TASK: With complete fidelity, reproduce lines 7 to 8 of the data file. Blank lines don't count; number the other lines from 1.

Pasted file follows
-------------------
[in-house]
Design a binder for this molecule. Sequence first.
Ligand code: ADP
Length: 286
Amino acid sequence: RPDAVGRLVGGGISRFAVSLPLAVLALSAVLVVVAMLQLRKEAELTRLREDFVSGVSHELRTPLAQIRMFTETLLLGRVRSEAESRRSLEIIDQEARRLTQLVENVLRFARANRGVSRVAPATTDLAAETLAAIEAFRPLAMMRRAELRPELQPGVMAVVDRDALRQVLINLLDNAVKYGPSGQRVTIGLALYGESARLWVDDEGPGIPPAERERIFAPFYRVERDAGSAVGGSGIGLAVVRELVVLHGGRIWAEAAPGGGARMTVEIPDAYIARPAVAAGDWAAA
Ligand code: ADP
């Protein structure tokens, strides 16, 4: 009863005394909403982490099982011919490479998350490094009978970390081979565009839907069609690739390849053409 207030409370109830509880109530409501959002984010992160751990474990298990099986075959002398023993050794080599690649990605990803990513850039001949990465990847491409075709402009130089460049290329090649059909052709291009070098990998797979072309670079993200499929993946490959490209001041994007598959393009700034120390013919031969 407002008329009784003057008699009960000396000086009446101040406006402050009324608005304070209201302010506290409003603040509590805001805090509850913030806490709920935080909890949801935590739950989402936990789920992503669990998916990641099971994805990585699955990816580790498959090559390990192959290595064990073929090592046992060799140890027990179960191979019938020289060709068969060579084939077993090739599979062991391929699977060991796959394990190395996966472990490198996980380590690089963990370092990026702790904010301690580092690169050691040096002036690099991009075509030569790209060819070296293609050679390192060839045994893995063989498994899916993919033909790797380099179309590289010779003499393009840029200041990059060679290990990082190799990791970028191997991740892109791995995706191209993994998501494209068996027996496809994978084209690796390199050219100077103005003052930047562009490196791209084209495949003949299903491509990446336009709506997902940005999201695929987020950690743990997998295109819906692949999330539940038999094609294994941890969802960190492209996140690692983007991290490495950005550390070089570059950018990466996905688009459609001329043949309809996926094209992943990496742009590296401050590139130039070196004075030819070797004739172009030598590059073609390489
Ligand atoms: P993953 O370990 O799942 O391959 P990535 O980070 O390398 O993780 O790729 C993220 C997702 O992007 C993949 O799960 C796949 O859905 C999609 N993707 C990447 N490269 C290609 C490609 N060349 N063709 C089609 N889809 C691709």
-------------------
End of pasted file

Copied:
């Protein structure tokens, strides 16, 4: 009863005394909403982490099982011919490479998350490094009978970390081979565009839907069609690739390849053409 207030409370109830509880109530409501959002984010992160751990474990298990099986075959002398023993050794080599690649990605990803990513850039001949990465990847491409075709402009130089460049290329090649059909052709291009070098990998797979072309670079993200499929993946490959490209001041994007598959393009700034120390013919031969 407002008329009784003057008699009960000396000086009446101040406006402050009324608005304070209201302010506290409003603040509590805001805090509850913030806490709920935080909890949801935590739950989402936990789920992503669990998916990641099971994805990585699955990816580790498959090559390990192959290595064990073929090592046992060799140890027990179960191979019938020289060709068969060579084939077993090739599979062991391929699977060991796959394990190395996966472990490198996980380590690089963990370092990026702790904010301690580092690169050691040096002036690099991009075509030569790209060819070296293609050679390192060839045994893995063989498994899916993919033909790797380099179309590289010779003499393009840029200041990059060679290990990082190799990791970028191997991740892109791995995706191209993994998501494209068996027996496809994978084209690796390199050219100077103005003052930047562009490196791209084209495949003949299903491509990446336009709506997902940005999201695929987020950690743990997998295109819906692949999330539940038999094609294994941890969802960190492209996140690692983007991290490495950005550390070089570059950018990466996905688009459609001329043949309809996926094209992943990496742009590296401050590139130039070196004075030819070797004739172009030598590059073609390489
Ligand atoms: P993953 O370990 O799942 O391959 P990535 O980070 O390398 O993780 O790729 C993220 C997702 O992007 C993949 O799960 C796949 O859905 C999609 N993707 C990447 N490269 C290609 C490609 N060349 N063709 C089609 N889809 C691709």